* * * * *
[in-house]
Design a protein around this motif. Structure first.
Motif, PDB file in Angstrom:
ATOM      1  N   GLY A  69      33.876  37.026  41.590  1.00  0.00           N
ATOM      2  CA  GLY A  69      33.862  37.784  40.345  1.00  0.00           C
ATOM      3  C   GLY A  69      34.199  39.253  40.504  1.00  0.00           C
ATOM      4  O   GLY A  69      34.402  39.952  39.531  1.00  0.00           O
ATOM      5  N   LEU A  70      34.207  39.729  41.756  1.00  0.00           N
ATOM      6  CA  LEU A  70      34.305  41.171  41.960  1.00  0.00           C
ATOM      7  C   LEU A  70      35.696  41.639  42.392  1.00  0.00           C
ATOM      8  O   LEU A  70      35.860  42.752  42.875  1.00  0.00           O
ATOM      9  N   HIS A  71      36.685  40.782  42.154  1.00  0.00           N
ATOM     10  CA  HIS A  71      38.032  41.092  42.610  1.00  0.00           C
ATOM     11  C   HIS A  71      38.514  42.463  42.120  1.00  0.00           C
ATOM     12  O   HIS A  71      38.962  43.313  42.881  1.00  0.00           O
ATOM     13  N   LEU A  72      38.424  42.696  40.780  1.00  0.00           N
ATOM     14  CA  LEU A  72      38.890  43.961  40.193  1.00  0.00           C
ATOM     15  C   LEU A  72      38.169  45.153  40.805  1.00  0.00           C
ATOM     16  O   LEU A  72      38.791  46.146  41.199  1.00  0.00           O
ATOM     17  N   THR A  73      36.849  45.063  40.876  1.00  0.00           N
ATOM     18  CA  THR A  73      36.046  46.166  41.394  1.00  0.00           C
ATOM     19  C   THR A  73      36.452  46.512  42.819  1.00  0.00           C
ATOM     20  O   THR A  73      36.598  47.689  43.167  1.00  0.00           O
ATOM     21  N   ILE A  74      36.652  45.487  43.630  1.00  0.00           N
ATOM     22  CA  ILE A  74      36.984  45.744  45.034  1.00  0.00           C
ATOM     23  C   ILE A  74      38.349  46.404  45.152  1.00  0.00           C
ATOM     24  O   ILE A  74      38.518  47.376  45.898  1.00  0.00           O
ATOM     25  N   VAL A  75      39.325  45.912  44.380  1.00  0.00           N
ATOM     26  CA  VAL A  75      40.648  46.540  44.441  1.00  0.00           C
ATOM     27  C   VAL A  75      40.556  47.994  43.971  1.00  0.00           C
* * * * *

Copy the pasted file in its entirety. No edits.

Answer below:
[in-house]
Design a protein around this motif. Structure first.
Motif, PDB file in Angstrom:
ATOM      1  N   GLY A  69      33.876  37.026  41.590  1.00  0.00           N
ATOM      2  CA  GLY A  69      33.862  37.784  40.345  1.00  0.00           C
ATOM      3  C   GLY A  69      34.199  39.253  40.504  1.00  0.00           C
ATOM      4  O   GLY A  69      34.402  39.952  39.531  1.00  0.00           O
ATOM      5  N   LEU A  70      34.207  39.729  41.756  1.00  0.00           N
ATOM      6  CA  LEU A  70      34.305  41.171  41.960  1.00  0.00           C
ATOM      7  C   LEU A  70      35.696  41.639  42.392  1.00  0.00           C
ATOM      8  O   LEU A  70      35.860  42.752  42.875  1.00  0.00           O
ATOM      9  N   HIS A  71      36.685  40.782  42.154  1.00  0.00           N
ATOM     10  CA  HIS A  71      38.032  41.092  42.610  1.00  0.00           C
ATOM     11  C   HIS A  71      38.514  42.463  42.120  1.00  0.00           C
ATOM     12  O   HIS A  71      38.962  43.313  42.881  1.00  0.00           O
ATOM     13  N   LEU A  72      38.424  42.696  40.780  1.00  0.00           N
ATOM     14  CA  LEU A  72      38.890  43.961  40.193  1.00  0.00           C
ATOM     15  C   LEU A  72      38.169  45.153  40.805  1.00  0.00           C
ATOM     16  O   LEU A  72      38.791  46.146  41.199  1.00  0.00           O
ATOM     17  N   THR A  73      36.849  45.063  40.876  1.00  0.00           N
ATOM     18  CA  THR A  73      36.046  46.166  41.394  1.00  0.00           C
ATOM     19  C   THR A  73      36.452  46.512  42.819  1.00  0.00           C
ATOM     20  O   THR A  73      36.598  47.689  43.167  1.00  0.00           O
ATOM     21  N   ILE A  74      36.652  45.487  43.630  1.00  0.00           N
ATOM     22  CA  ILE A  74      36.984  45.744  45.034  1.00  0.00           C
ATOM     23  C   ILE A  74      38.349  46.404  45.152  1.00  0.00           C
ATOM     24  O   ILE A  74      38.518  47.376  45.898  1.00  0.00           O
ATOM     25  N   VAL A  75      39.325  45.912  44.380  1.00  0.00           N
ATOM     26  CA  VAL A  75      40.648  46.540  44.441  1.00  0.00           C
ATOM     27  C   VAL A  75      40.556  47.994  43.971  1.00  0.00           C